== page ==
Suspicious Russia still has big questions for NATO
So NATO is no longer officially a threat to Russia. But does that mean that the Cold War-era alliance now actually views Moscow as a friend?
That was the question being sceptically posed here after the first Russia-NATO summit in two years -- a Lisbon gathering aimed at burying the grievances of a 2008 war in Georgia and inviting Russia into a new European missile shield system.
The two former adversaries also struck a deal to boost the flow of Western military supply shipments to Afghanistan and vowed to coordinate their actions more closely in global affairs.
But it was Article 33 of the 28-nation Alliance's new Strategic Concept that was the talk of the town here on Saturday.
"NATO poses no threat to Russia," said the document. "On the contrary: we want to see a true strategic partnership between NATO and Russia."
The Alliance also stressed that it remained "convinced that the security of NATO and Russia is intertwined and that a strong and constructive partnership ... can best serve our security."
Moscow's pointman on NATO called these fine sentiments that did little to change the real -- and much less cordial -- state of affairs.
"NATO says that it is no longer a threat to Russia," Dmitry Rogozin told Russian state television.
"This phrase is followed by a period -- but this is a virtual period that actually reads like a comma. For it in fact says nothing about whether NATO still perceives Russia itself as a threat."
NATO Secretary General Anders Fogh Rasmussen appeared to be answering those very concerns by declaring in Lisbon that the Alliance and Russia now "pose no threat to each other."
But the conventional wisdom in Moscow is that NATO policy is being increasingly driven by a strident new bloc of former Warsaw Pact and Soviet countries that still regards Russia as a bitter enemy.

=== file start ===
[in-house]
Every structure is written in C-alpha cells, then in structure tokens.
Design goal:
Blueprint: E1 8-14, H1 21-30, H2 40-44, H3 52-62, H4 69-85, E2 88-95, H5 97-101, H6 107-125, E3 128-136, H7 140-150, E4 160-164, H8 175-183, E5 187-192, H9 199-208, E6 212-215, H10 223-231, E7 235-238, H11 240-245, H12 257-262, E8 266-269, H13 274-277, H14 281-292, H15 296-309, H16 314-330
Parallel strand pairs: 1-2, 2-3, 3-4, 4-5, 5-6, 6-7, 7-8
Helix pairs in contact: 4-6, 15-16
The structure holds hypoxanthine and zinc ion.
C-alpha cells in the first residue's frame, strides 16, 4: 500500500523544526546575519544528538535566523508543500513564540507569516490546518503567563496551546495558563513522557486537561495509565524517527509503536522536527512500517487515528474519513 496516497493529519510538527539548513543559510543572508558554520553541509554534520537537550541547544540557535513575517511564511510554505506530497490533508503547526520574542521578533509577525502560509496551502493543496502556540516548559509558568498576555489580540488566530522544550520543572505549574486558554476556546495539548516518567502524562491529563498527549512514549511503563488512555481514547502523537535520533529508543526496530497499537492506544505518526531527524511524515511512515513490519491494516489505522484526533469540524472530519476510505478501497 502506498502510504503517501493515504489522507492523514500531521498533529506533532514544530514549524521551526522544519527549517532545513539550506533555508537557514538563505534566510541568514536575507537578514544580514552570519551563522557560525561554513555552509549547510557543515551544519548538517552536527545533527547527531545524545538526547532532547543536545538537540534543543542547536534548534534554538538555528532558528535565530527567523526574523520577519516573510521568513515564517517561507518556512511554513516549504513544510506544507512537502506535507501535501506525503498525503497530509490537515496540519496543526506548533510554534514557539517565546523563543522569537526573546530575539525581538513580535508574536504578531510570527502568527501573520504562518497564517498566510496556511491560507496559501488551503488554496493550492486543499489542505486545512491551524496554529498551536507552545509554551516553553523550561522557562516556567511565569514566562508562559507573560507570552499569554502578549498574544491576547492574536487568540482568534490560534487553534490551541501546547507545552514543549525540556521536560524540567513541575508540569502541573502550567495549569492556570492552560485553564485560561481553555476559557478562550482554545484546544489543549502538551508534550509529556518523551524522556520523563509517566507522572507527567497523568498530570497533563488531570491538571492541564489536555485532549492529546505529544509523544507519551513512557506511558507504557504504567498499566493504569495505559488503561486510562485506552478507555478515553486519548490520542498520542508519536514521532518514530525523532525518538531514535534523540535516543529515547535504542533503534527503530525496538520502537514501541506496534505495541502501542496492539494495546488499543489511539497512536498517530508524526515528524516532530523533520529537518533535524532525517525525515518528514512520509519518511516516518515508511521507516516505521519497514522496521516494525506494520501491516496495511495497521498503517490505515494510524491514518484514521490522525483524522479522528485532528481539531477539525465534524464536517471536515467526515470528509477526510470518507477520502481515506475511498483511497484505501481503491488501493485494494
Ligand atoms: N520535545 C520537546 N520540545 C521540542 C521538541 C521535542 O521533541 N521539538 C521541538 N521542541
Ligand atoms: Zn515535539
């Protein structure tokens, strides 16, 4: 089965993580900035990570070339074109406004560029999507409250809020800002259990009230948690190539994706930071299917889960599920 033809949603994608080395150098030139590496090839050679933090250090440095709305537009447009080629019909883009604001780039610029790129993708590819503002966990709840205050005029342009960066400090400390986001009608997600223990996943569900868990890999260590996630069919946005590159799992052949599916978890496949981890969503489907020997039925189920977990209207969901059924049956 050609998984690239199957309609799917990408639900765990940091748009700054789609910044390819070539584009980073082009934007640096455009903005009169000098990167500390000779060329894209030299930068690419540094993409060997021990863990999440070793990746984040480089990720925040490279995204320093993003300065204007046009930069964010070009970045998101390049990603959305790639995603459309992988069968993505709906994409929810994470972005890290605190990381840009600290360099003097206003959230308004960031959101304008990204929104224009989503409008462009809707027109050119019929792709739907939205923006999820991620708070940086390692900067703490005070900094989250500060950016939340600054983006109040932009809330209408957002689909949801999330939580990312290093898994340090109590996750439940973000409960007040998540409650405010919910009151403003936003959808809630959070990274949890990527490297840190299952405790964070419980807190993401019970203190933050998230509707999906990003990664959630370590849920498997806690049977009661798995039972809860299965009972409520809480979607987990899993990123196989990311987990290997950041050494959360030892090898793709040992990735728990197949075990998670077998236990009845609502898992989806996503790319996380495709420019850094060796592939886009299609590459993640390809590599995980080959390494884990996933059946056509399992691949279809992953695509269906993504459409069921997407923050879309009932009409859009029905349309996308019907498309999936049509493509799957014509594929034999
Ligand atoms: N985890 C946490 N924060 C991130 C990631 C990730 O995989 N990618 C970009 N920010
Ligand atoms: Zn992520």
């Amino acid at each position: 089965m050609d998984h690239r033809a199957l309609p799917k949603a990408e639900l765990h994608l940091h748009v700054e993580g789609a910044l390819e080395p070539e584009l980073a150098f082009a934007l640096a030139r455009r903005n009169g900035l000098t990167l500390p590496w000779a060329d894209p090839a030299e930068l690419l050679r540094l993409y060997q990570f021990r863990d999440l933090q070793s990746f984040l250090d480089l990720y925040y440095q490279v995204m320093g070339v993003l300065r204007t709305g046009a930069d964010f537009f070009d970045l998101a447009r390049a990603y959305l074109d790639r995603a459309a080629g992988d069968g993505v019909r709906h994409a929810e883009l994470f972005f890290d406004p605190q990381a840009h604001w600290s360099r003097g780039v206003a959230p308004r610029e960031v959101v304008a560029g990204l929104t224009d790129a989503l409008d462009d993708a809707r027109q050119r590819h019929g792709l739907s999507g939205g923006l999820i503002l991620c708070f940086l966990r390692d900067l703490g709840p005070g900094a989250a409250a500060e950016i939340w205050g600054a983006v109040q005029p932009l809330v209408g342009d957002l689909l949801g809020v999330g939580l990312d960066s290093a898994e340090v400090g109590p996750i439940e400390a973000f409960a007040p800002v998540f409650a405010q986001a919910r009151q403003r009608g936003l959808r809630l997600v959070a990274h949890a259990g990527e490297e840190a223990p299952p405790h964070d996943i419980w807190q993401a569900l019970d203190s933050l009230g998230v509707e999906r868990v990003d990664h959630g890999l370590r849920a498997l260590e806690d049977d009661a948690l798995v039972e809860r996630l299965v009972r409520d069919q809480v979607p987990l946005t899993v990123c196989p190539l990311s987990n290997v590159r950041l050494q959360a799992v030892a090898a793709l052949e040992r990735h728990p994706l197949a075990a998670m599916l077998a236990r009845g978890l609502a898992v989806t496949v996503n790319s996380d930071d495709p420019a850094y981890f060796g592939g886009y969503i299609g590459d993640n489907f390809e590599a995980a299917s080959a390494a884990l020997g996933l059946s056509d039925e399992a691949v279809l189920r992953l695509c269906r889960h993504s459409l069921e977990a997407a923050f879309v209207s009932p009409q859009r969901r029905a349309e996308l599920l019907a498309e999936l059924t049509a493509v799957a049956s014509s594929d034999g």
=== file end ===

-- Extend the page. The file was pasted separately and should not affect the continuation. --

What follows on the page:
Papers and pundits said older and more secure Alliance members such as Germany wanted a more far-reaching statement on Russia -- but that this was made impossible by the new NATO states.
"One cannot expect a more positive statement on Russia from the Alliance under the current circumstances," an unidentified German source in NATO was quoted by various Moscow media as saying.
The Russian capital seemed so steeped in suspicions on Saturday that some papers actually went out of their way to assure their readers that the Kremlin was not being fooled by the Brussels-based bloc.
"This turn of events was entirely in line with our expectations and Moscow does not intend to allow things to end there," the popular Komsomolskaya Pravda daily wrote.
"The Kremlin expects to build real partnership -- in other words equitable -- relations with the Alliance," the country's best-selling newspaper added.
The much-discussed European missile shield that Russia was officially invited to join this weekend was treated with even greater caution.
The Kremlin's top foreign policy adviser pointed out at that Russia had always opposed the US-backed initiative and that any joint project would only be implemented once Moscow had a completely equal say in how the system ran.
"It will take time to calibrate all these ideas -- and probably a lot of time," Sergei Prikhodko said going into the summit.
"We would like to see Russia's opinion being taken into account.... But this has to happen with Russia being treated as an equal partner."
Czech President Vaclav Klaus for his part dismissed the joint shield idea as a non-starter that had much more bark than bite.
"The intention is for NATO to have its own systems and for the Russia Federation to have another one," said Klaus.
"There will be no interference between the two," he was quoted by Czech news agencies as saying.
© 2010 AFP